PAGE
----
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It is possible to filter an image by using a 2d DFT. This will result in periodic boundary conditions. Now, is it possible to use the DFT to filter an image, while maintaining predefined boundary conditions (either Dirichlet or Neumann type).

I could implement a filter directly in the spatial domain. For example, solving the diffusion equation and pinnig pixel values, is equivalent to apply gaussian blur (strength depends on the number of iterations). However, this technique does not generalize very well, because one needs to find a PDE (and discretize it) whose Green's function has the desired behaviour in the frequency domain. Another approach would be to implement a convolution, and not touch the boundary itself but let it affect the surrounding pixels. However, this will becomes computationally expensive for larger images or filter sizes.

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Another approach would be to implement a convolution, and not touch the boundary itself but let it affect the surrounding pixels. However, this will becomes computationally expensive for larger images or filter sizes.

You can do this by padding the image on all sides with pixels equal to your desired boundary. Make the padding one larger than the length of your desired filter (I'm assuming you're using a filter of finite extent). Then filter using the FFT method. When you're done, trim off the padding.

Edit:

Alternatively, based on Thomas's answer: there's a fast almost-Gaussian algorithm* out there that involves implementing a 2x2 or 3x3 "Gaussian" filter repeatedly. By the central limit theorem, the result tends nicely toward a real Gaussian, and because the kernel is teeny the math is fast.

It should be easy to either virtually or actually pad the edges of your image with one or two rows/columns of pixels with your boundary conditions. In fact, it should be much easier to satisfy Dirichlet, Neumann, or your choice of mixed boundary conditions with this approach.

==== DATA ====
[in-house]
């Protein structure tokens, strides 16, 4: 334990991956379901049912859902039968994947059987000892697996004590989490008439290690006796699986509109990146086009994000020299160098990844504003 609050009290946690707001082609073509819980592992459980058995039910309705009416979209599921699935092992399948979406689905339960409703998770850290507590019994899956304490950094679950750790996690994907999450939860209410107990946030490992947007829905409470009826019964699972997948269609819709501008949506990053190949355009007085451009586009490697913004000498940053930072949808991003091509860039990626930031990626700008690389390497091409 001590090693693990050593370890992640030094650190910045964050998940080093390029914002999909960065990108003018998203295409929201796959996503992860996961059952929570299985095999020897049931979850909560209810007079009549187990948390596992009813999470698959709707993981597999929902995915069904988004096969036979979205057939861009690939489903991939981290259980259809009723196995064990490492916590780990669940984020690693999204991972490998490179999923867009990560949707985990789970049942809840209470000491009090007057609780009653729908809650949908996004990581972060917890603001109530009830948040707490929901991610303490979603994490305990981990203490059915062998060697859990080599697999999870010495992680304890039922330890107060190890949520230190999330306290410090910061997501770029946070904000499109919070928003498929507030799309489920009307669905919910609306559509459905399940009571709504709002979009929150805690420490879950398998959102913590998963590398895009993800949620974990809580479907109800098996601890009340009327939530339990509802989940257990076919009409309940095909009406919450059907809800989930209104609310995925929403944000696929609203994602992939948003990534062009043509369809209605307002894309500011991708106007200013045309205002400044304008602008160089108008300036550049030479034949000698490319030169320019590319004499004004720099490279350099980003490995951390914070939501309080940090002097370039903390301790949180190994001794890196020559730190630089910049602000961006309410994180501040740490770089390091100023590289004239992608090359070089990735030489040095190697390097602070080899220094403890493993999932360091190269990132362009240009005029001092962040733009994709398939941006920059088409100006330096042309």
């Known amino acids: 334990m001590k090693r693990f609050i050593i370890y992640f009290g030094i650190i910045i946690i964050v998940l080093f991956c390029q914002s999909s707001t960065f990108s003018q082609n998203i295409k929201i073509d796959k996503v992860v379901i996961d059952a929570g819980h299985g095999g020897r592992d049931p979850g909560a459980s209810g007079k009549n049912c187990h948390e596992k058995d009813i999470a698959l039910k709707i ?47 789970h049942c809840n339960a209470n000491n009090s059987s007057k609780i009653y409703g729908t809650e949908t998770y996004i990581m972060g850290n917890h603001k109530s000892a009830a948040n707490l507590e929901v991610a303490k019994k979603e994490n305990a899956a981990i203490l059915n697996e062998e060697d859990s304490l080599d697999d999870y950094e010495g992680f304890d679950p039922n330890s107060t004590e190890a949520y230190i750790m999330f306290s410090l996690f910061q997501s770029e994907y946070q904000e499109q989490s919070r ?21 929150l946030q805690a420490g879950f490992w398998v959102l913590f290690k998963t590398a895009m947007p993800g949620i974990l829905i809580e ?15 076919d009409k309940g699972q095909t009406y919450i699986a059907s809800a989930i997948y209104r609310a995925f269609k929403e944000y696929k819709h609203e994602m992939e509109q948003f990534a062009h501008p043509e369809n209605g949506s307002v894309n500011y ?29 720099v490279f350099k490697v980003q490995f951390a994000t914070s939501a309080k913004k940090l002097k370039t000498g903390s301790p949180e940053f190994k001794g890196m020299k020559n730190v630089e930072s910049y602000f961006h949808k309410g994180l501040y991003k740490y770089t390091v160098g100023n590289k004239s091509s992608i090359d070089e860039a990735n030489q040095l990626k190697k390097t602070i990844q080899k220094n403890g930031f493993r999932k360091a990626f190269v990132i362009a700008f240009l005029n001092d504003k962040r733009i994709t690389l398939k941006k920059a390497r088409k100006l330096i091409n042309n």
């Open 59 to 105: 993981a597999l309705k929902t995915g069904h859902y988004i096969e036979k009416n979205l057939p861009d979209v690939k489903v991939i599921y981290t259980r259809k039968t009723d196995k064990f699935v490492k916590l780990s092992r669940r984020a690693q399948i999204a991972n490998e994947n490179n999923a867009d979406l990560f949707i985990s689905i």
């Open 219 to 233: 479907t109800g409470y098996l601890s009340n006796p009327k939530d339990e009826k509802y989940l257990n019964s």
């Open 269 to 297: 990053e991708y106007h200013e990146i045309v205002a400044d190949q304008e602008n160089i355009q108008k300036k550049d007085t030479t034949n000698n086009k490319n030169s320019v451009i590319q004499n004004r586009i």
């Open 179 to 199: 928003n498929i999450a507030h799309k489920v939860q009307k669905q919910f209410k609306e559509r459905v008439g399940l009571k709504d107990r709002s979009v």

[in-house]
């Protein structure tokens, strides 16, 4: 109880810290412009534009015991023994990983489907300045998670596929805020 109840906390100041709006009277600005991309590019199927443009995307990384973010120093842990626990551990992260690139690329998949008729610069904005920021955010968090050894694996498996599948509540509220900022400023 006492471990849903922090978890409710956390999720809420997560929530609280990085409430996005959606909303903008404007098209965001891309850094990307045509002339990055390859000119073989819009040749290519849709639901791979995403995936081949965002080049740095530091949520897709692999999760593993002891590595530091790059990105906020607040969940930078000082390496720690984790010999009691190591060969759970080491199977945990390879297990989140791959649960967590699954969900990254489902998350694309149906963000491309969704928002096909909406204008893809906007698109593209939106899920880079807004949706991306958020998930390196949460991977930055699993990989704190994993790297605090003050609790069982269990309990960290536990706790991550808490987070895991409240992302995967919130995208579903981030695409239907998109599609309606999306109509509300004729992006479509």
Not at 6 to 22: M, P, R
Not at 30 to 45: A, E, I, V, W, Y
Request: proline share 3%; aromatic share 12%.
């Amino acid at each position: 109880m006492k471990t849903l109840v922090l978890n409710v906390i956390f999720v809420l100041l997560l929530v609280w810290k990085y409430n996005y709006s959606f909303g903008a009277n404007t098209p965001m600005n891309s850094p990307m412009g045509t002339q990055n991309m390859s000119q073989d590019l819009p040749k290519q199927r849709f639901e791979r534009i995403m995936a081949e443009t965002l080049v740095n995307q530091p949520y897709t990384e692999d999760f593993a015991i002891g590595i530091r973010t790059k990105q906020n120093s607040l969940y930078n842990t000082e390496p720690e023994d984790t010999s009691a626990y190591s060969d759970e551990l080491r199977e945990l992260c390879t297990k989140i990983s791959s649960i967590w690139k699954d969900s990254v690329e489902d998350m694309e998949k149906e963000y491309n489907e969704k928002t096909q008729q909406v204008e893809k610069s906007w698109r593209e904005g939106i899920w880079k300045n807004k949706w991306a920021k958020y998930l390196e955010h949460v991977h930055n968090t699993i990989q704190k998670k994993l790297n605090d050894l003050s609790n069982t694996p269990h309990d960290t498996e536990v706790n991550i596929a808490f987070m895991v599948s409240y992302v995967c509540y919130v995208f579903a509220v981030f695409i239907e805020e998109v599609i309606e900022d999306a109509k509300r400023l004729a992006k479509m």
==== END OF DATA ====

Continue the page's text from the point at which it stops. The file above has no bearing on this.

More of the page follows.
* I should be honoring the creator by naming it, but I can't remember -- names fall out of my head as soon as I hear them.

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First, make sure your problem is indeed faster in frequency domain. While asymptotically DFT based convolution should be faster in practice for small kernels it is not.

One way to do it is to pad (See MATLAB's padarray()) the array and then use valid equivalent convolution as in Replicate MATLAB's conv2() in Frequency Domain.

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    $\begingroup$ I'd add that efficient implementation of boundary condition in spatial domain won't include padding and copying the array but doing the looping in optimal way. $\endgroup$
    – Royi
    Jul 23 at 11:01
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One such technique is the p+s or periodic plus smooth proposed by Lionel Moisan in Periodic plus smooth image decomposition, Journal of Mathematical Imaging and Vision, 2011, with code (perdecomp) and details. It basically uses an FFT.

This decomposition permits to avoid edge effects arising when the Discrete Fourier Transform of an image is computed, that are due to the implicit periodization. A discrete image u is decomposed under the form u = p + s, where p is called the periodic component of u and s is the smooth component of u. The periodic component p looks like the original image u, except that its Discrete Fourier Transform avoids the classical "cross structure" artifact. The smooth component s is an image that presents very slow variations inside the image domain.

Moisan p+s, periodic, smooth

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  • $\begingroup$ This is a decomposition approach. I am not sure it has to do with applying a convolution on an image in frequency domain and avoid the periodic boundary conditions. $\endgroup$
    – Royi
    Jul 23 at 14:15

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